An innovative project taking place in Watchet, to get local teenagers to design and build their own common room, has just begun, with a hugely successful architect-led design workshop.
Last Thursday 23rd Nov, saw 25 local teenagers come together to design a structure for Splash Point Pleasure Ground in Watchet, under the guidance of award winning architect, Kate Darby, national timber expert, Charley Brentnall, local volunteer group, the Watchet Community Makers, with Georgie Grant and Sally Lowndes from the Onion Collective as facilitators. The workshop, funded by the Youth Social Action Fund and the Courage Family Fund, took place in Watchet’s Phoenix Centre, and included free pizza.
After working together to establish what was wanted and needed for local teenagers, and how these ideas might translate to the site, the teenagers were split into four groups, and asked to draw, then 3D model their ideas using balsa wood. They all then voted on their favourite structures, and the key aspects of each that should be incorporated into the final design.
The workshop was deemed a huge success by all involved, and Kate was particularly taken aback by the level of comfort the local teenagers felt in creating and discussing their ideas.
Architect, Kate Darby said: “It was fascinating to see so many engaged and creative young people come together to design with such confidence. All of the models incorporated really interesting architectural features, and the teenagers also did a wonderful job of presenting their work to the room. My job now is to amalgamate the key features into one coherent structure that fits their brief. A first draft will be presented to them for comments before I make amends and the Onion Collective can submit to planning. I’m delighted to be involved in this project, and am really looking forward to working with these teenagers again in the summer, when we bring this building to life in Watchet.”
Local teenager, Chris White, who attended the design session said: “I really enjoyed the workshop. It was great to work with an architect and understand the process involved with designing a building. Kate was brilliant. I’m looking forward to seeing how she’ll bring all our ideas together.”
Splash Point Pleasure Ground is a community area on the cliff top in Watchet that looks out onto the marina. It’s owned by local businessman John Richards, and leased with a peppercorn rent by Onion Collective , for the benefit of the town. The grounds are accessible via the England Coast Path that begins at the Goviers Lane Railway crossing in Watchet.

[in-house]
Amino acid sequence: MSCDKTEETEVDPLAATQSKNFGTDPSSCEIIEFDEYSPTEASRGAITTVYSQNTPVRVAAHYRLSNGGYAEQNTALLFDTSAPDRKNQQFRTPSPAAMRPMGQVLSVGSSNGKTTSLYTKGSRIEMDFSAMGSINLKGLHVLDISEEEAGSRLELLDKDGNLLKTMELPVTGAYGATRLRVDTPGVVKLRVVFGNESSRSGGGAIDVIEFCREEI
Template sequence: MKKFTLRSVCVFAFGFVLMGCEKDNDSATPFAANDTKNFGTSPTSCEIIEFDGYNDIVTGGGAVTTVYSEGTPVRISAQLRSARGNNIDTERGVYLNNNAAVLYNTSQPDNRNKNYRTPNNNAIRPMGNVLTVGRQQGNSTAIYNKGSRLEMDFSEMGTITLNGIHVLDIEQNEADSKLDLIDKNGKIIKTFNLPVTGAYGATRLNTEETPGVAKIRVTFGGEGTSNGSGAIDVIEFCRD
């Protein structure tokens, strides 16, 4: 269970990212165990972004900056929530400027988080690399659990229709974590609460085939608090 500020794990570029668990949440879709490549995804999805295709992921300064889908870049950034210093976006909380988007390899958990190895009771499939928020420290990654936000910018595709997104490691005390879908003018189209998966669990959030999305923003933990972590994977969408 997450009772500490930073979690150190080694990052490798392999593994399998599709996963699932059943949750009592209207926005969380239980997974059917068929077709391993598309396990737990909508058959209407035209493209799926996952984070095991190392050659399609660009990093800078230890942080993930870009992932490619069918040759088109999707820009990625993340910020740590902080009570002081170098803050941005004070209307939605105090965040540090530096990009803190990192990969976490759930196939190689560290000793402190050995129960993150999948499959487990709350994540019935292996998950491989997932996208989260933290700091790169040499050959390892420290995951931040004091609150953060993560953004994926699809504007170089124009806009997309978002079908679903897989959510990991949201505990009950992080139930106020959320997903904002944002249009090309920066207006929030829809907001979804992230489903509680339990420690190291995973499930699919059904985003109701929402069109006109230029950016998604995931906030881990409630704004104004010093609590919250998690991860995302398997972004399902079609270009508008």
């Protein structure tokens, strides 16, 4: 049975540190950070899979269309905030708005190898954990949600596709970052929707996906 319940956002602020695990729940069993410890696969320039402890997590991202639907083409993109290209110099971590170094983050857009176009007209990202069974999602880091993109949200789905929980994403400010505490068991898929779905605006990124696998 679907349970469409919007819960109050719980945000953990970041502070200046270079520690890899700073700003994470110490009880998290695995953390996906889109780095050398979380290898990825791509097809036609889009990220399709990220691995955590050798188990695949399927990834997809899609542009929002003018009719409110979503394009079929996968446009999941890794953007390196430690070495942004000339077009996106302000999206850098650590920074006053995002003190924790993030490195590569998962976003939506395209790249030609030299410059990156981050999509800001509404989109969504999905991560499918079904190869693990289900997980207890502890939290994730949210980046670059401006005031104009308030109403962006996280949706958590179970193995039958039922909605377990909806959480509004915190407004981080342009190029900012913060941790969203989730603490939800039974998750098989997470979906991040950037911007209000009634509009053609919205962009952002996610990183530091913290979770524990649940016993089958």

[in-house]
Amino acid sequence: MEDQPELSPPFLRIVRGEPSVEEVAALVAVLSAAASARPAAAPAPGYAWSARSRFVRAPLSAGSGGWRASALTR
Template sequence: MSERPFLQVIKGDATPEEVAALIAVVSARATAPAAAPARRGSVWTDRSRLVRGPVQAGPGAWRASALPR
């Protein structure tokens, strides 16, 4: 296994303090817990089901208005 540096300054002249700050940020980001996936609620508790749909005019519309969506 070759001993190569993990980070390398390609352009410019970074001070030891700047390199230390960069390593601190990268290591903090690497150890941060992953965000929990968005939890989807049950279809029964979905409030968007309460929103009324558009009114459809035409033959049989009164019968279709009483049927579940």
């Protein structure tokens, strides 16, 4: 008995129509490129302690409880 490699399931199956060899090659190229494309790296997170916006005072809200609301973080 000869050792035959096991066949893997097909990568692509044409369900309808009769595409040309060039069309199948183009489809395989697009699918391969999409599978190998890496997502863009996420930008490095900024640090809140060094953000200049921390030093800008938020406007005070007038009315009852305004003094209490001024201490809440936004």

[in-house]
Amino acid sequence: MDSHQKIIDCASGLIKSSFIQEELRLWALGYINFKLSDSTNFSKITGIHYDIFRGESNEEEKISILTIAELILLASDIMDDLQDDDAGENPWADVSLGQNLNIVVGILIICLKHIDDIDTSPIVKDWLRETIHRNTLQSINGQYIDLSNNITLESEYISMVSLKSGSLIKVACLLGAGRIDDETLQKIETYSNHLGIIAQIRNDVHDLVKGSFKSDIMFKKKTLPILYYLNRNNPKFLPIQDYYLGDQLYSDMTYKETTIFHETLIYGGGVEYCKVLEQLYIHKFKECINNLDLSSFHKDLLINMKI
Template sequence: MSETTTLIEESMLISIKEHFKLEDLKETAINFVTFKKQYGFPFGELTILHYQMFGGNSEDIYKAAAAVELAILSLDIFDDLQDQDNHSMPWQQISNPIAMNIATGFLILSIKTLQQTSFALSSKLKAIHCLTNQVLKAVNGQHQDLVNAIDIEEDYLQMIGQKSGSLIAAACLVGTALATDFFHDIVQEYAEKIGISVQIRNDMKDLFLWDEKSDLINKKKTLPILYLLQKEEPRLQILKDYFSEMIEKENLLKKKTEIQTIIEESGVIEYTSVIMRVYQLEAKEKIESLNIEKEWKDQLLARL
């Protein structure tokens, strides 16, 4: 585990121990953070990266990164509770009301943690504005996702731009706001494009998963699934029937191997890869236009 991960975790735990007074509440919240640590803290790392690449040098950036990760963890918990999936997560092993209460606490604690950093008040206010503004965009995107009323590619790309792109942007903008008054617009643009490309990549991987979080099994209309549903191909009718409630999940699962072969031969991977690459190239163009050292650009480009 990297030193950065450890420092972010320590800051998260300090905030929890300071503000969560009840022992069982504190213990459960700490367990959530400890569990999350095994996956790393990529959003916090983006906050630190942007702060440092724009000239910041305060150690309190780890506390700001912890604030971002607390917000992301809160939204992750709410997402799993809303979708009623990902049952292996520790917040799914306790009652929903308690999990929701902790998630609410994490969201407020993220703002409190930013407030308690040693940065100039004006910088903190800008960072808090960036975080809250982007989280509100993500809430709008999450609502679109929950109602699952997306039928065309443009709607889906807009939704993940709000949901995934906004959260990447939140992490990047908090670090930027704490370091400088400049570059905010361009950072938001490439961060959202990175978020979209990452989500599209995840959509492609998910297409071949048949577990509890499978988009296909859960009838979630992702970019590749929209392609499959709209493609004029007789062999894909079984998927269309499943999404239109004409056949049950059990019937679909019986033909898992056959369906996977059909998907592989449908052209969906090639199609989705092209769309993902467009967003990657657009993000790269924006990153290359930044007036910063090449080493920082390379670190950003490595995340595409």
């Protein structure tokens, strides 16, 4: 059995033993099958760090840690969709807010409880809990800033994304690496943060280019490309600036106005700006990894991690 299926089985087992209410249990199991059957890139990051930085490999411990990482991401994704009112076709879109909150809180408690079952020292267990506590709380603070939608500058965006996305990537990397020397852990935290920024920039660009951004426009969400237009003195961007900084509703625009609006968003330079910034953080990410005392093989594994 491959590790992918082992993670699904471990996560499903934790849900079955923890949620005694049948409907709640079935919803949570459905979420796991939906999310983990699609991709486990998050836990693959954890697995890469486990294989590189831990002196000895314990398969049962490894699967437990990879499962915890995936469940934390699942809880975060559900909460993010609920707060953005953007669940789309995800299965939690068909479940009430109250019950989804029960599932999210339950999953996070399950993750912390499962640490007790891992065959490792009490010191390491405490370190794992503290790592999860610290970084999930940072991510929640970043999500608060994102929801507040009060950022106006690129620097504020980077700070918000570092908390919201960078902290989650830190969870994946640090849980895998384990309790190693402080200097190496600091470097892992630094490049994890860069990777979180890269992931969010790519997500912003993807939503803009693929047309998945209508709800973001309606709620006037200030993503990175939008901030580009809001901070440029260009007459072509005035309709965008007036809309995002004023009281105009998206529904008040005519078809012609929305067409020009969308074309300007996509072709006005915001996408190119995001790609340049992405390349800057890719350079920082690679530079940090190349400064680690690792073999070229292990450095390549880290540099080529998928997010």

Onion Collective facilitated a similar project in 2015, when a group of 50 local volunteers built a pavilion at Splash Point over the course of a single weekend. It is now enjoyed by many as a place for picnics, barbecues and events. This time the Onion Collective is working with teenagers to make the site a place that they also feel able to appreciate and enjoy.
Onion Collective Project Officer, Sally Lowndes says:
“This project came about because local teenagers came to us to ask for help identifying a space they could use for socialising. We’re thrilled that so many came to the design workshop. It just shows what an amazing community we have here in Watchet. The level of focus and natural design talent the teenagers brought to the table was also hugely impressive. We’re all really excited to watch this project progress.”
If you know a Watchet-based teenager who wants to be involved in this project, feeding back on the design, or helping with the build, they can get in touch by contacting Onion Collective on email@example.com / 01984 633496.
The project was funded by Somerset Community Foundation’s Youth Social Action Fund.
Somerset Community Foundation’s, Andrew Ridgewell says:
‘Somerset Community Foundation awarded a grant from the Youth Social Action Fund (YSAF) for the project, matched with contributions from its local donors. The YSAF is part of the national #iwill fund which encourages young people to engage in social action - such as campaigning, fundraising, and volunteering.’